Multiple mating by females is widespread and generates sperm competition among the ejaculates of rival males over fertilization. One way in which males can avoid or reduce sperm competition is by displacing or removing previous males’ sperm from female sperm stores. An apparent example of this occurs in the bushcricket Metaplastes ornatus. Males perform a specialised sperm removal behaviour (SRB), using their highly-derived subgenital plate, with which they remove sperm from the female’s spermatheca during the early phases of mating before transferring a spermatophore of their own. Here we investigated whether males strategically invest in SRB according to the amount of previously stored sperm present in females. Each male was tested twice, once with a female containing sperm (‘filled’ condition) and once with a female from whom most previously deposited sperm had recently been removed by another male (‘emptied’ condition). For comparison, a separate group of males was paired with virgin females. Males did not discriminate between non-virgin females in the ‘emptied’ or ‘filled’ conditions in terms of their investment in SRB, suggesting they may not able to perceive the amount of sperm present in the female’s spermatheca. By contrast, male investment in SRB was significantly reduced in pairings with virgin females, indicating that males are sensitive to some aspect of a female’s mating status. Our results thus suggest that males modulate SRB in response to female-mediated cues, possibly chemical cues left by previous males, which would not be present on virgin but would be on non-virgin females.
This is a preview of subscription content, log in to check access.
Buy single article
Instant unlimited access to the full article PDF.
Price includes VAT for USA
Subscribe to journal
Immediate online access to all issues from 2019. Subscription will auto renew annually.
This is the net price. Taxes to be calculated in checkout.
Andrés J, Cordero Rivera A (2000) Copulation duration and fertilization success in a damselfly: an example of cryptic female choice? Anim Behav 59:695–703. doi:10.1006/anbe.1999.1372
Birkhead TR, Møller AP (1998) Sperm competition and sexual selection. Academic Press
Birkhead TR, Hosken DJ, Pitnick SS (2008) Sperm biology: an evolutionary perspective. Academic Press
Dewsbury DA (1982) Ejaculate cost and male choice. Am Nat 119(5):601–610
Friberg U (2006) Male perception of female mating status: its effect on copulation duration, sperm defence and female fitness. Anim Behav 72(6):1259–1268
Heller KG, Faltin S, Fleischmann P, von Helversen O (1998) The chemical composition of the spermatophore in some species of phaneropterid bushcrickets (Orthoptera: Tettigonioidea). J Insect Physiol 44:1001–1008. doi:10.1016/S0022-1910(97)00171-6
Lane SM, Solino JH, Mitchell C, Blount JD, Okada K, Hunt J, House CM (2015) Rival male chemical cues evoke changes in male pre- and post-copulatory investment in a flour beetle. Behav Ecol 26:1021–1029. doi:10.1093/beheco/arv047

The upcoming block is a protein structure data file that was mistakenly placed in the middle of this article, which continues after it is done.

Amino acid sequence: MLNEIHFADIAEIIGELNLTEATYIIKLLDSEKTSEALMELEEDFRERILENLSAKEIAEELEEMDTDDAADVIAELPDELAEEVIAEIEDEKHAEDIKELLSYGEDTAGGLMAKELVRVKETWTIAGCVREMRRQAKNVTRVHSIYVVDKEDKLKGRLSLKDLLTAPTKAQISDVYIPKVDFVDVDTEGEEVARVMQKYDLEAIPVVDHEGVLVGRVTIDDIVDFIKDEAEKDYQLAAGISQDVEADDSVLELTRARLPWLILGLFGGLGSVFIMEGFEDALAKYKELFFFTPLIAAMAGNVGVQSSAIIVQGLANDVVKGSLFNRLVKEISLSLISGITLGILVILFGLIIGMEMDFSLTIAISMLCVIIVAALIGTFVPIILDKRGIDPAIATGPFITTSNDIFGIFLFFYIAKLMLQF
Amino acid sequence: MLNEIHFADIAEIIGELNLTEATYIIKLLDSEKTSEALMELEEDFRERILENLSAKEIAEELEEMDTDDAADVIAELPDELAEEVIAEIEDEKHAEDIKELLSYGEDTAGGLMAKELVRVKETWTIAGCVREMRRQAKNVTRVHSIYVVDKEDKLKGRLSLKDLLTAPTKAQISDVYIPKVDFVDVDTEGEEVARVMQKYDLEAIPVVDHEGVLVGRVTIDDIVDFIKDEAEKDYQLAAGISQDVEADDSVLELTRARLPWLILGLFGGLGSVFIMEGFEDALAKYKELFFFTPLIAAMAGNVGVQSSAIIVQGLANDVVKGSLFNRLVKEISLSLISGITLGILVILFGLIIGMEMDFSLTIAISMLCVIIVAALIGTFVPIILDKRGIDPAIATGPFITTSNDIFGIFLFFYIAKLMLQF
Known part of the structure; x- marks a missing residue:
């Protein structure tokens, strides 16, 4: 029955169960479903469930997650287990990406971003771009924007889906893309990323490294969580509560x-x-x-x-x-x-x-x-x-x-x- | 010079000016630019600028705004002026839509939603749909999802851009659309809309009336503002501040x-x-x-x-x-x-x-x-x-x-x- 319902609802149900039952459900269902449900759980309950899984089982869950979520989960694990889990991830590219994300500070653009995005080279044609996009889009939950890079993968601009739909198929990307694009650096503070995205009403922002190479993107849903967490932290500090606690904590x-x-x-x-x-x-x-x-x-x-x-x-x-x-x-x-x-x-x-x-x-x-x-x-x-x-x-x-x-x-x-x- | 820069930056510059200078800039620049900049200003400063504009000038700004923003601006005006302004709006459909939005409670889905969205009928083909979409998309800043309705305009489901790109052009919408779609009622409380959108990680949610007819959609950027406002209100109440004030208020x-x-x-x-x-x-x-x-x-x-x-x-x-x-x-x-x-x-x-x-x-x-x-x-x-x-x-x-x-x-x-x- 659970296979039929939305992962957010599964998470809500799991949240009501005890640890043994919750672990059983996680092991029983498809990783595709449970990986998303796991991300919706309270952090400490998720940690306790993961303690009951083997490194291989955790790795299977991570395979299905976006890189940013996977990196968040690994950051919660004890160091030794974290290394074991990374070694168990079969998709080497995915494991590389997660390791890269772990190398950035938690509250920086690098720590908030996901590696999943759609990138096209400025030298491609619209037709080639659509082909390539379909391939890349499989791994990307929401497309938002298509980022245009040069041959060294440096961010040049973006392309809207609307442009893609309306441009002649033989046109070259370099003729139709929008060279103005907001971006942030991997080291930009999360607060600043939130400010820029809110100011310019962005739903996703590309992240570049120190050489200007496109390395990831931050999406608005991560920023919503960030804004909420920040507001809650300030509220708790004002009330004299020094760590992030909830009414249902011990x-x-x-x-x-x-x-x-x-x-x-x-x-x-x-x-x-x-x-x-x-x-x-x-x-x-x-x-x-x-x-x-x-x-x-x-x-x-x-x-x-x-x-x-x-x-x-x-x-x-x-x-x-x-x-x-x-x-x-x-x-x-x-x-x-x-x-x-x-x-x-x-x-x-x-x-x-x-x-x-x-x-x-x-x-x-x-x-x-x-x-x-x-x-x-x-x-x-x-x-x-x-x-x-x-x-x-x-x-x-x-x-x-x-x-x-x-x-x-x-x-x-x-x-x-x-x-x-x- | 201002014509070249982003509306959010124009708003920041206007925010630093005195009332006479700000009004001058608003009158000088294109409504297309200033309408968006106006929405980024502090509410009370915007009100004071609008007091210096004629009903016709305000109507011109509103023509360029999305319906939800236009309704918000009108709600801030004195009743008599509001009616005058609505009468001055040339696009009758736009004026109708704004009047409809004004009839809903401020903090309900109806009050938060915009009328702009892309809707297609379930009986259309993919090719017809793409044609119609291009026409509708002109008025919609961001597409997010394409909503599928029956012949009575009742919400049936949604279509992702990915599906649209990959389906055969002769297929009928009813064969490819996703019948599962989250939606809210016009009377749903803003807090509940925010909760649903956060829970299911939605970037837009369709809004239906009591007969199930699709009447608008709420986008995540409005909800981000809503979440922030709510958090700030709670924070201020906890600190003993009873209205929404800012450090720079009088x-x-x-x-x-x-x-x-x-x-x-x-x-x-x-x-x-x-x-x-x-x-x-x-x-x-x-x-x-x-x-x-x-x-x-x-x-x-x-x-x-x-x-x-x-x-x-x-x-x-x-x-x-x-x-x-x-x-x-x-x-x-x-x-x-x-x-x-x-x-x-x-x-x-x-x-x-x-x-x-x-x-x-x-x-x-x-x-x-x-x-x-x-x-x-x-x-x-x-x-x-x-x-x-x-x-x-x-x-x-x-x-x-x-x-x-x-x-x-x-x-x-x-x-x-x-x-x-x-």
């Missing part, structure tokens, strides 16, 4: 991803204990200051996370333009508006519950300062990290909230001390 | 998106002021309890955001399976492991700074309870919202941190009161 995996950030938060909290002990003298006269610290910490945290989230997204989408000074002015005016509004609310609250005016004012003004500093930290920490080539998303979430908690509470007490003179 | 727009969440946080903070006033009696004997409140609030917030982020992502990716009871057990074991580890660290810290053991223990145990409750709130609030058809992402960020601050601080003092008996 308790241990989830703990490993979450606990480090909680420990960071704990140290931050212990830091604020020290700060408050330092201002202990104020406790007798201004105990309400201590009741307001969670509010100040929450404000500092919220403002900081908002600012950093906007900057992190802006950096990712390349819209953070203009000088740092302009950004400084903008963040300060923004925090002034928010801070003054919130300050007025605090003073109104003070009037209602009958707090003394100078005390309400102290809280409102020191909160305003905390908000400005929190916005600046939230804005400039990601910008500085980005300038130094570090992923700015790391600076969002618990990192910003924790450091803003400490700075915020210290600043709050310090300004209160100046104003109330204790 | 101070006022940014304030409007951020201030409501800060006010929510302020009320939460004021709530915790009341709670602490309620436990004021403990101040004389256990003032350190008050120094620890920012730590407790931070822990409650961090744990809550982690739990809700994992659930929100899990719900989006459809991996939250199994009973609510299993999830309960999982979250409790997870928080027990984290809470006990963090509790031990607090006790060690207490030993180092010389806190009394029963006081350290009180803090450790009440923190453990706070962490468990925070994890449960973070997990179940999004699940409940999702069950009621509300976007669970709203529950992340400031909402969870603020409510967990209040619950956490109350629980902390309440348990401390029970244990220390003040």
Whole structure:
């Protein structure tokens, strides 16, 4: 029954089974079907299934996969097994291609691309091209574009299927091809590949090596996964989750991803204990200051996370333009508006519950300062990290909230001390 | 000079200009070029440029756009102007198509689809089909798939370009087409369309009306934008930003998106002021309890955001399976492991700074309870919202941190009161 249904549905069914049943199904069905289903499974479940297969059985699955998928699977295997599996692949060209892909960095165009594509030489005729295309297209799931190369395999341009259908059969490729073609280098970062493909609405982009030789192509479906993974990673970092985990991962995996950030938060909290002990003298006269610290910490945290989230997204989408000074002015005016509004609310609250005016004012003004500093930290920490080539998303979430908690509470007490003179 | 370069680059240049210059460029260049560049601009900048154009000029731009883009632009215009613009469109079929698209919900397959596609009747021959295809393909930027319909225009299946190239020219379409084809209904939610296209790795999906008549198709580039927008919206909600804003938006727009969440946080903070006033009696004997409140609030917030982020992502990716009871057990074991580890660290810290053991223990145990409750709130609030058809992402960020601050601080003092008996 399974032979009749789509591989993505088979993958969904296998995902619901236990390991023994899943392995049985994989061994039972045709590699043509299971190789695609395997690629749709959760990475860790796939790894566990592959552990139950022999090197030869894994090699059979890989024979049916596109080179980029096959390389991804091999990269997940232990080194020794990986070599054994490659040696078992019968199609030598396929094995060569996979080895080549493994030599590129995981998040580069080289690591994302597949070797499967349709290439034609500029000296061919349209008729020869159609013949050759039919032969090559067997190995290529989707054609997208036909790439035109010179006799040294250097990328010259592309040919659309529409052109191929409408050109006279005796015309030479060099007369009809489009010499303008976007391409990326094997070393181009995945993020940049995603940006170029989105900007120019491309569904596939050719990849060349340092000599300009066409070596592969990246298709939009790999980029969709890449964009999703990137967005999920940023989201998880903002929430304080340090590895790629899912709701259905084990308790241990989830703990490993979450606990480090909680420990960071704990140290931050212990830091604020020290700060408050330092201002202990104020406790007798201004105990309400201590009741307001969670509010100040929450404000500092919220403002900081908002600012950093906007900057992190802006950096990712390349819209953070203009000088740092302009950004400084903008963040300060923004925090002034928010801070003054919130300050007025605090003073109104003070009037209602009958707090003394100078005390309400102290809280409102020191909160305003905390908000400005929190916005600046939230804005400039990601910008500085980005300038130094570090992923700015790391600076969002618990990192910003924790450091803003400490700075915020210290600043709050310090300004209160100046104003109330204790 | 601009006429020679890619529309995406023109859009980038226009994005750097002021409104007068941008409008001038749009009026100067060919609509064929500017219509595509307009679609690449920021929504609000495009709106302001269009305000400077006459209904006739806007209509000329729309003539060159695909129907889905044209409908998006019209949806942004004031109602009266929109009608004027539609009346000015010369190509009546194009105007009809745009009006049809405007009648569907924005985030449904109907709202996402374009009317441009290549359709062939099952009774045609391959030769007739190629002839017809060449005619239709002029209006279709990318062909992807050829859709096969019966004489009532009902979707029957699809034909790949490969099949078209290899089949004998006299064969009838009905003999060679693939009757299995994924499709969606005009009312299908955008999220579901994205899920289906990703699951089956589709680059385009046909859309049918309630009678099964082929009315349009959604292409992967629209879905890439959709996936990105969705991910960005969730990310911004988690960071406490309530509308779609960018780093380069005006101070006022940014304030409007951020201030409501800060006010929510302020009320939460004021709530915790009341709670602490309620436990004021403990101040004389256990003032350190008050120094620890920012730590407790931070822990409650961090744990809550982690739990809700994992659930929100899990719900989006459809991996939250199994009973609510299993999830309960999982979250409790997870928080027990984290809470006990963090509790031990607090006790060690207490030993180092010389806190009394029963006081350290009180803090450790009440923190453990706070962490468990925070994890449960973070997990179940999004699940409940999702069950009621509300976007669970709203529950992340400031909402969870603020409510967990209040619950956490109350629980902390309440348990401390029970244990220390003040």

Lehmann GU (2012) Weighing costs and benefits of mating in bushcrickets (Insecta: Orthoptera: Tettigoniidae), with an emphasis on nuptial gifts, protandry and mate density. Front Zool 9(1):19. doi:10.1186/1742-9994-9-19
Parker GA (1970) Sperm competition and its evolutionary consequences in the insects. Biol Rev 45:525–567. doi:10.1111/j.1469-185X.1970.tb01176.x
Parker GA (1998) Sperm competition and the evolution of ejaculates: towards a theory base. In: Birkhead TR, Møller AP (eds) Sperm competition and sexual selection. Academic Press, London, p 3–54
Parker GA, Birkhead TR (2013). Polyandry: the history of a revolution. Phil Trans R Soc B 368(1613). doi:10.1098/rstb.2012.0335
Pavićević D, Ivković S, Horvat L (2014) New and rare species of orthopteroid insects in the fauna of Serbia. Fauna Balk 3:103–122
Scharf I, Peter F, Martin OY (2013) Reproductive trade-offs and direct costs for males in arthropods. Evol Biol 40:169–184. doi:10.1007/s11692-012-9213-4
Shuker DM, Simmons LW (2014) The evolution of insect mating systems. Oxford University Press
Thomas ML (2011) Detection of female mating status using chemical signals and cues. Biol Rev 86:1–13. doi:10.1111/j.1469-185X.2010.00130.x
Thomas ML, Simmons LW (2009) Male-derived cuticular hydrocarbons signal sperm competition intensity and affect ejaculate expenditure in crickets. Proc R Soc Lond [Biol] 276:383–388. doi:10.1098/rspb.2008.1206
von Helversen D, von Helversen O (1991) Pre-mating sperm removal in the bushcricket Metaplastes ornatus Ramme 1931 (Orthoptera, Tettigonoidea, Phaneropteridae). Behav Ecol Sociobiol 28:391–396. doi:10.1007/BF00164120
Wada T, Takegaki T, Mori T, Natsukari Y (2010) Sperm removal, ejaculation and their 391 behavioural interaction in male cuttlefish in response to female mating history. Anim Behav 79:613–619. doi:10.1016/j.anbehav.2009.12.004
Wedell N, Gage MJG, Parker GA (2002) Sperm competition, male prudence and sperm limited females. Trends Ecol Evol 17:313–320. doi:10.1016/S0169-5347(02)02533-8
We would like to thank Ralf Jochmann for providing video material of the animals and three anonymous reviewers for helpful comments on previous versions of the manuscript.
About this article
Cite this article
Foraita, M., Lehfeldt, S., Reinhold, K. et al. Strategic Investment in Sperm Removal Behaviour in a Bushcricket. J Insect Behav 30, 170–179 (2017) doi:10.1007/s10905-017-9608-2
- Insect reproduction
- sperm competition
- bush cricket
- cryptic mate choice